Cincinnati Reds medical director Dr. Timothy Kremcheck believes Wilmington College’s new Center for Sport Sciences will be the envy of larger universities and professional sports teams and a facility distinct in its ability to serve medical needs in the region.
Kremcheck, also WC’s medical director, is affiliated with Beacon Orthopaedics and Sports Medicine, which is among the four medical entities that will share the facility with the college. The others with satellite branches at WC’s new center are Chiropractic Care of Cincinnati, Drayer Physical Therapy Institute and CMH Regional Health System’s diagnostic imaging services and its Performance Orthopaedics.
A public ribbon-cutting program will be held Aug. 23, at 2 p.m., at the center, located behind WC’s Hermann Court at 720 Elm St. Self-guided tours and an open house will follow the program through 4 p.m.
WC President Jim Reynolds said the College’s 41,000-square-foot facility represents a unique blend of academic, athletic, recreational, medical and commercial elements rarely seen on the NCAA Division III level.
“It’s a powerful, public-private partnership,” he said in referring to the presence of four, onsite, sports medicine-related offices that will serve not only Wilmington College student-athletes but also provide medical and other health-related services for a significant portion of southwest Ohio.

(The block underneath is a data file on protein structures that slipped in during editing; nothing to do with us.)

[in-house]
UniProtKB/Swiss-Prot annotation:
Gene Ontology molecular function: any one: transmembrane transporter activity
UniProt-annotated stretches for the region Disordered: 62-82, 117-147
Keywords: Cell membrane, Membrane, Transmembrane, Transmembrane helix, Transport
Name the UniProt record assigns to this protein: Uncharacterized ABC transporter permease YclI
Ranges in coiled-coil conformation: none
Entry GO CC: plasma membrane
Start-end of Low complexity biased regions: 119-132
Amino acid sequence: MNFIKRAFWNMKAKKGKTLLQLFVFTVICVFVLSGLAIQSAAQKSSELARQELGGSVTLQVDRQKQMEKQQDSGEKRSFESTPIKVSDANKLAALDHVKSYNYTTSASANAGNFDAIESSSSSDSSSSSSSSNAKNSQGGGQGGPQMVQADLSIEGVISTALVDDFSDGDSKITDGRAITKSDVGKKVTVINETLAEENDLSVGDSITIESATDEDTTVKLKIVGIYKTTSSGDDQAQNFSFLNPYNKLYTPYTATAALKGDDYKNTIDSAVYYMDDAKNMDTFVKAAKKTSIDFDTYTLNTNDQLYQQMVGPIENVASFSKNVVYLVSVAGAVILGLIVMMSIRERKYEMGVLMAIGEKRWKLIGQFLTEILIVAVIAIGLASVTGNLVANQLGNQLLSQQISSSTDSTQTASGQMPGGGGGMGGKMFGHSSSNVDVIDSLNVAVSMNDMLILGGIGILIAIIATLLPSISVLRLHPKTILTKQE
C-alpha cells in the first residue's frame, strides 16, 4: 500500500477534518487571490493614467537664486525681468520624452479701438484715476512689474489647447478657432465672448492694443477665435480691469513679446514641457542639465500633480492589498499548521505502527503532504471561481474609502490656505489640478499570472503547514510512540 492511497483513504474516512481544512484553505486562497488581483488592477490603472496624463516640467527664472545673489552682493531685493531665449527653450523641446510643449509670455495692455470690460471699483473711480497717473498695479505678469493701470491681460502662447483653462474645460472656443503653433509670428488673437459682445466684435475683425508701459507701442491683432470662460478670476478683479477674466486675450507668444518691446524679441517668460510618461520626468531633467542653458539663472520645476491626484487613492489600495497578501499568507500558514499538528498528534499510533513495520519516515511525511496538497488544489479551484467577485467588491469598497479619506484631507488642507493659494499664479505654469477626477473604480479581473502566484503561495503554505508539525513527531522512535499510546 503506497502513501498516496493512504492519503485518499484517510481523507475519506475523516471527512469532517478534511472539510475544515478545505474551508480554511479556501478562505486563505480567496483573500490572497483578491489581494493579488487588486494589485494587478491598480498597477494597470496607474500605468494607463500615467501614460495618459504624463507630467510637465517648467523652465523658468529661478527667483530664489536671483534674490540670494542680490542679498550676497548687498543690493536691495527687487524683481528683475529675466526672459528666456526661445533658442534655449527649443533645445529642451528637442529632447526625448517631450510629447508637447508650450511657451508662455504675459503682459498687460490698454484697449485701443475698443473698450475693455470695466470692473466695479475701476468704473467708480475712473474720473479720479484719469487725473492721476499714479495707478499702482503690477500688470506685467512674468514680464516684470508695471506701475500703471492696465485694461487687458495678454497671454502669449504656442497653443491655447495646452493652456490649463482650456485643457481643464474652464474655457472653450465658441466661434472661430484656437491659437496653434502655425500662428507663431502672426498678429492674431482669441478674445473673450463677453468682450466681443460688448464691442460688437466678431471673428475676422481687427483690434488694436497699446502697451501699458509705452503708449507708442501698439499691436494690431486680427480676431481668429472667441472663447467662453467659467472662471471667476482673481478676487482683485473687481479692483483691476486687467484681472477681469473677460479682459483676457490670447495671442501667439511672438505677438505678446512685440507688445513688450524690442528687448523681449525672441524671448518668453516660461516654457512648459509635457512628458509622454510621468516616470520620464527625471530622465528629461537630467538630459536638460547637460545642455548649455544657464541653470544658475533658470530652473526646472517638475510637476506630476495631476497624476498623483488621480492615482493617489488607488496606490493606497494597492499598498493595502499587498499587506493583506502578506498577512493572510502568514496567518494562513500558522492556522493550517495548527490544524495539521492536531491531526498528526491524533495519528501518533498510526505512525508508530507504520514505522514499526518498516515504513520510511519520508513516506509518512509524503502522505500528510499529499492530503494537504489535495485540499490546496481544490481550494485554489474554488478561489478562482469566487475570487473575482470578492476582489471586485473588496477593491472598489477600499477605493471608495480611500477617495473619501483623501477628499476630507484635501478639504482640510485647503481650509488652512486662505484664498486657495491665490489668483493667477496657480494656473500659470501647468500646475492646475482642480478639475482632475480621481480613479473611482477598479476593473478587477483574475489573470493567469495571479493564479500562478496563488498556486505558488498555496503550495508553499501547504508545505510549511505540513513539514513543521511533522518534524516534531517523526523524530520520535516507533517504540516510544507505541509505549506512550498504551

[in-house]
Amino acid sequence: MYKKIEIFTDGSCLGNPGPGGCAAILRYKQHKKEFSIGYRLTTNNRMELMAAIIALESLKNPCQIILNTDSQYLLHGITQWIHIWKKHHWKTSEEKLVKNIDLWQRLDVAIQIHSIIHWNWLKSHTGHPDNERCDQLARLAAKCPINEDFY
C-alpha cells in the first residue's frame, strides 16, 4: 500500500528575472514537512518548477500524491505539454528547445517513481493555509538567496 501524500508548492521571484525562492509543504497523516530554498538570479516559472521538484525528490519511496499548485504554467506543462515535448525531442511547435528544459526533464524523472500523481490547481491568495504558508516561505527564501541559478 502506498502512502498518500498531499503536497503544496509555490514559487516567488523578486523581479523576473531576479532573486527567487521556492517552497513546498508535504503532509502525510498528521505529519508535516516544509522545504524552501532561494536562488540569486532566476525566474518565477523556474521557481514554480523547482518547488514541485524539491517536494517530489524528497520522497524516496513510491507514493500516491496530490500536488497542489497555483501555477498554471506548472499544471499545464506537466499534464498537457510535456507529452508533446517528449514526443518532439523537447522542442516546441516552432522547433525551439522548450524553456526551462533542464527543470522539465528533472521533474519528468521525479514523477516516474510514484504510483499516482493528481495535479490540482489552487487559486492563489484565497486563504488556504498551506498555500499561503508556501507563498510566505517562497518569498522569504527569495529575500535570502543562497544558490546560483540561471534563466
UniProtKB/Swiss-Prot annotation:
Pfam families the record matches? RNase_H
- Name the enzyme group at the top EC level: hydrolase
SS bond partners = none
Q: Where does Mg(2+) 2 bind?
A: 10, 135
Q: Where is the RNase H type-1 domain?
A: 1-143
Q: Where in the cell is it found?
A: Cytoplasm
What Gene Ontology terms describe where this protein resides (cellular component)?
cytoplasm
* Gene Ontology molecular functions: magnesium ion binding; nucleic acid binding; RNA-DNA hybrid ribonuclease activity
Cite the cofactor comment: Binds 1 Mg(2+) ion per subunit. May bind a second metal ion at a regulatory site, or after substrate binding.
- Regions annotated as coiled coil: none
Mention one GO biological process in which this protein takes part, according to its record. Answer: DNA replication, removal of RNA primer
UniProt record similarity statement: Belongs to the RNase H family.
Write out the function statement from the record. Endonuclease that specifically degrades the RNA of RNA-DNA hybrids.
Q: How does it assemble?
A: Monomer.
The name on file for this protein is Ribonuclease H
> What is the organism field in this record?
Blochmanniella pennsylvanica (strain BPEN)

The $10.4 million center is home to WC’s nationally prominent athletic training program and other sport sciences and, with its 40-by-40 yard indoor turf field and related athletic amenities, also accommodates training for essentially all of the college’s 21 sports teams, in addition to giving students additional options for recreational activities.
Kremcheck, one of Beacon’s 24 physicians, lauded Wilmington’s reputation in athletic training as “going well beyond” the state of Ohio and Beacon’s mutually beneficial relationship with the college.
“This has been a shared vision to create a facility that D1 colleges and professional sports teams will envy,” he said, noting he is confident the center will provide a springboard for expanding both Beacon’s and the college’s reach and influence in the region. Indeed, Beacon is the sports medicine provider for not only Wilmington College but also for three of the four public schools in Clinton County.
“The goal here for us at Beacon is to not only work with the college and community, and to retain people here in Clinton Country, but also to pull in people from out of the county.”
Drayer, CMH and Chiropractic Care also share that goal.
CMH Chief Executive Officer Greg Nielsen called the center a “game-changing project” as their operation hosts both an imaging center and sports orthopaedic center to complement the other medical providers’ services.
“These are exactly the kinds of innovative collaborations that make top-notch health care more accessible in our region,” Nielsen said, noting that Michael Griesser, M.D., and Kevin Hilgenberg, certified physician assistant, will head CMH’s Performance Orthopaedics medical team.
“We can’t wait to get to work and start seeing patients,” he added.